After an initialization by signal INIT, flip-flops 10 and 11' can be in the conflicting situation discussed in relation with FIG. 2B. That is, flip-flop 10 stays at 1 instead of taking the state 0 of the preceding flip-flop (15 or 11), or flip-flop 11' remains at 0 instead of taking the state 1 of flip-flop 10'. Four cases are therefore possible:

1) all flip-flops operate correctly, flip-flops 10, 10', 11' and 11 respectively take states 0, 1, 1 and 0 at the rising edge of signal Fin.

2) Only flip-flop 10 does not operate correctly. Flip-flops 10, 10', 11' and 11 then respectively take states 1, 1, 1 and 0 at the rising edge of signal Fin.

3) Only flip-flop 11' does not operate correctly. Flip-flops 10, 10', 11' and 11 then respectively take states 0, 1, 0 and 0 at the rising edge of signal Fin.

4) None of flip-flops 10, 11' operates correctly. Flip-flops 10, 10', 11' and 11 then respectively take states 1, 1, 0 and 0 at the rising edge of signal Fin.

In all cases, from one to three consecutive "1 "s are present in flip-flops 10, 10', 11' and 11, which will circulate in a ring, with the "0"s from the remaining flip-flops in the ring, at the rate of the frequency of signal Fin. As a result, the duty ratio of signal Fout varies according to the number of "1"s in circulation, but its frequency remains the same, equal to the frequency of signal Fin divided by the number of flip-flops in the selected ring. Thus, the bit pattern formed by the number of consecutive "1"s and "0"s circulates through the ring and repeats at output Q of flip-flop 11 at the frequency of signal Fout. This behavior is appropriate for most circuits which exploit the output of the divider, since they are typically only responsive to the rising or falling edges of the divider output. Of course, a similar correct operation can be obtained by increasing, in the smallest selectable ring, the number of flip-flops initially set to 1 (10, 10') or the number of flip-flops initially set to 0 (11, 11').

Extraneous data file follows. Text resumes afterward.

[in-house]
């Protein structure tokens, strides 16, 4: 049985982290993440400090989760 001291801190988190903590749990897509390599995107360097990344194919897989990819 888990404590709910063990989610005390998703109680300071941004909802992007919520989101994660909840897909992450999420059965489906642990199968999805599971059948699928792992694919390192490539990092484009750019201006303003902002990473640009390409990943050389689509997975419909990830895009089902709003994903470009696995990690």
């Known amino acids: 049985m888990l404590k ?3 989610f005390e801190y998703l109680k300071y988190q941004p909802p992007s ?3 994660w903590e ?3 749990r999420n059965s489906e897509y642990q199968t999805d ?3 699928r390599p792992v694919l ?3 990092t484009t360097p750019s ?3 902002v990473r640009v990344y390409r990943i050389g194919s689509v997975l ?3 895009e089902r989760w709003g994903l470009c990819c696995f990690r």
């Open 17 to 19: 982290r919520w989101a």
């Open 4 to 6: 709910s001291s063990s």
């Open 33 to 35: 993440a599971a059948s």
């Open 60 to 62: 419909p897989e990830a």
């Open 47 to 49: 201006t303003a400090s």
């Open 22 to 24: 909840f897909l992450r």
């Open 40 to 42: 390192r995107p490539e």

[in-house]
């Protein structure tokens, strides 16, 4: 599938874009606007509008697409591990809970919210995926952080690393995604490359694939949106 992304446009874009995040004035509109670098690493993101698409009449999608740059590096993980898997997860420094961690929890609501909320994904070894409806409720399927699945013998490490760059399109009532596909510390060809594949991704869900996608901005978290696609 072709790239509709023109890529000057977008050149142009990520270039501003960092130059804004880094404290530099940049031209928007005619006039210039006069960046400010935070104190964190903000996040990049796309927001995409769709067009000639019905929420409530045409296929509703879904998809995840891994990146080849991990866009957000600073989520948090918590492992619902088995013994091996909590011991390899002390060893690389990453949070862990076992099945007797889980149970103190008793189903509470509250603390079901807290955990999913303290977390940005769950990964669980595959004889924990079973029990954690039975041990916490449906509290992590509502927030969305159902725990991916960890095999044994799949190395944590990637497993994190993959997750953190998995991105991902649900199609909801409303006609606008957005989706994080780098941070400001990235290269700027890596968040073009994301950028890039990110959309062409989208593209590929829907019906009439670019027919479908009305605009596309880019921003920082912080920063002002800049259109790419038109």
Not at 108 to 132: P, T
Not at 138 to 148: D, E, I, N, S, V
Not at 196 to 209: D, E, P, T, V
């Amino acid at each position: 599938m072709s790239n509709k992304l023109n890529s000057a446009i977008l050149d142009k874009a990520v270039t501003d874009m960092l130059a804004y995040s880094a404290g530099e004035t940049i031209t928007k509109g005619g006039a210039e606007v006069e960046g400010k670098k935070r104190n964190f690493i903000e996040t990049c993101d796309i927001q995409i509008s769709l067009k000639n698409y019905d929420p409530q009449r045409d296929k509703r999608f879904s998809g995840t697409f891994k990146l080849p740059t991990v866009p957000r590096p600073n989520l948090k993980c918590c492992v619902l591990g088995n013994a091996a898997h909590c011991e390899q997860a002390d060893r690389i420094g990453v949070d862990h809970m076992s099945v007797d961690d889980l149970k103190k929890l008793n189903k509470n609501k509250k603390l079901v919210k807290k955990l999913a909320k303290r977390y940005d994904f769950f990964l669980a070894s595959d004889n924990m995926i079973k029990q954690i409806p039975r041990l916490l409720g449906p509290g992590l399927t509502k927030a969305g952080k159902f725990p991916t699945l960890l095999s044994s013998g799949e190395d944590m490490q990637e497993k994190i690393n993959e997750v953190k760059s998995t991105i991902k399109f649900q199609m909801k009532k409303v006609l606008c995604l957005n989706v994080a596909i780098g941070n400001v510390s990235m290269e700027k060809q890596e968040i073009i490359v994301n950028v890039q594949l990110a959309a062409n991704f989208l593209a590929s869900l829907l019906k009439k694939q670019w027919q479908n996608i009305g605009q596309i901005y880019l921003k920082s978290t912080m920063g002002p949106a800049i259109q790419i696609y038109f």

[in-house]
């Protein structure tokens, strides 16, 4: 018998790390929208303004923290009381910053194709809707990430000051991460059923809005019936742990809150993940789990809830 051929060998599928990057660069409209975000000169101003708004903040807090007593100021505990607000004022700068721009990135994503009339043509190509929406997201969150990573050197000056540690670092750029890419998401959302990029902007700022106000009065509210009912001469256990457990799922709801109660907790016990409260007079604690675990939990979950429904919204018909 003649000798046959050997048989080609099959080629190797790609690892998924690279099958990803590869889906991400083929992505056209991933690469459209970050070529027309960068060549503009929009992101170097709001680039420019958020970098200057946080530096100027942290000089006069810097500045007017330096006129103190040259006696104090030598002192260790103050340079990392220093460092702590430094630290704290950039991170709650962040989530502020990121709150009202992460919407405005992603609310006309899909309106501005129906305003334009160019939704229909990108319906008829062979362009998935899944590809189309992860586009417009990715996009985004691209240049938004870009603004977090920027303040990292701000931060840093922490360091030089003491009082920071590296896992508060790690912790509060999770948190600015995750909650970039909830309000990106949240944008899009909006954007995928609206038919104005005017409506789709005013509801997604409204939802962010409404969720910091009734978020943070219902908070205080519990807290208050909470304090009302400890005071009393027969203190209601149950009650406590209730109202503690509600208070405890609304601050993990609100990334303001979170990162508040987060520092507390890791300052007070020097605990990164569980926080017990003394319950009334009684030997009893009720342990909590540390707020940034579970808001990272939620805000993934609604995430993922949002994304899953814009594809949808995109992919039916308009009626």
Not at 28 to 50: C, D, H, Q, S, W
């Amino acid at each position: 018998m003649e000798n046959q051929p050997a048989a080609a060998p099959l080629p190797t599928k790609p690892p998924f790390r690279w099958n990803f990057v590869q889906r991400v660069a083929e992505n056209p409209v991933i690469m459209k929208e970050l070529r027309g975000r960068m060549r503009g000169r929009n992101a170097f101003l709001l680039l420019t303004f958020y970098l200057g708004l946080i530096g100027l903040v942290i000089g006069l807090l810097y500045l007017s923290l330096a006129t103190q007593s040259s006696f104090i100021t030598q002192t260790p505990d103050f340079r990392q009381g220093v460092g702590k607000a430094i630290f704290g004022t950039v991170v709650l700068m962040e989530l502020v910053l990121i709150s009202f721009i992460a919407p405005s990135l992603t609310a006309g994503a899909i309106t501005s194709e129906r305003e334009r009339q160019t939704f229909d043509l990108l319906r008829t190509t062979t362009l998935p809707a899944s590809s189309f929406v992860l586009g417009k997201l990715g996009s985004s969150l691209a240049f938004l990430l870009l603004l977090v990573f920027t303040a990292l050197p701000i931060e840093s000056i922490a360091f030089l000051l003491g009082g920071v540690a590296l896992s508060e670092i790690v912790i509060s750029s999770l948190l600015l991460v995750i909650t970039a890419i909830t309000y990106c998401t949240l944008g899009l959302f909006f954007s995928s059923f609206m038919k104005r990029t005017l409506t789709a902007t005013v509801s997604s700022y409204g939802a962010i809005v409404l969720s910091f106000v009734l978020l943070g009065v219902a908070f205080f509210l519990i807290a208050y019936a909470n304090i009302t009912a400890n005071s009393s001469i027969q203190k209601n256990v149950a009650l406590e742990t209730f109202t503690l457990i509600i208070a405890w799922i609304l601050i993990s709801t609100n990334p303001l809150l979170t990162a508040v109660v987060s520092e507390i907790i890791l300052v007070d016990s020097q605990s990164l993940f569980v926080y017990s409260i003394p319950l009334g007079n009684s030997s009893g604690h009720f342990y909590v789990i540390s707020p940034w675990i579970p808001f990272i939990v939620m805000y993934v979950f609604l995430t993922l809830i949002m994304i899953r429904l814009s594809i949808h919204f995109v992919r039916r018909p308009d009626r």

The minimum division ratio of the divider of FIG. 3 is 4. This, in fact, is not a disadvantage with respect to the conventional circuit of FIG. 1. Indeed, at high frequencies, in the conventional circuit, the operations of comparing the contents of counter 1 to number N and resetting counter 1 take a relatively long time. At the limit of the operating frequency, this time generally reaches three cycles. Since counter 1 must at least count to 1 for the divider to function, the minimum division ratio thus also appears to be 4.

Several alternatives and modifications will appear to those skilled in the art. For instance, instead of setting all flip-flops except at least two to 0, all flip-flops except at least two can be set to 1. Similarly, the flip-flops may be other than D-type flip-flops.

Having thus described at least one illustrative embodiment of the invention, various alterations, modifications, and improvements will readily occur to those skilled in the art.

Such alterations, modifications, and improvements are intended to be within the spirit and the scope of the invention. Accordingly, the foregoing description is by way of example only and is not intended as limiting. The invention is limited only as defined in the following claims and the equivalents thereto.

Claims (25)

What is claimed is:
1. A programmable frequency divider comprising:
a plurality of flip-flops to be clocked at a frequency to be divided, the plurality of flip-flops being operatively arranged to allow connection in a ring of a selectable number of the plurality of flip-flops, the number of the plurality of flips-flops in the ring being selected according to a desired frequency division ratio, wherein a smallest selectable ring of the plurality of flip-flops includes at least two successive flip-flops arranged to be initialized to a first state followed immediately by at least two successive flip-flops arranged to be initialized to a second state that is opposite the first state.
2. The programmable frequency divider of claim 1, wherein an output of each of the plurality of flip-flops that does not belong to the smallest selectable ring is provided to a first input of a corresponding multiplexer, each multiplexer having a second input that receives an output of a last flip-flop of the smallest selectable ring and having an output that is provided to an input of a next one of the plurality of flip-flops, wherein each multiplexer is controlled by a signal that indicates the desired frequency division ratio.
3. The programmable frequency divider of claim 1, wherein each of the plurality of flip-flops that is not included in the smallest selectable ring is arranged to be initialized to a same state.
4. The programmable frequency divider of claim 1, wherein each of the plurality of flip-flops has a clock input to receive an input signal at the frequency to be divided and an initialization input to receive an initialization signal that is not synchronized to the input signal.
5. A frequency divider for dividing an input signal having a period and a first frequency to generate an output signal having a second frequency, the frequency divider comprising:
an input terminal to receive the input signal;
an output terminal to provide the output signal; and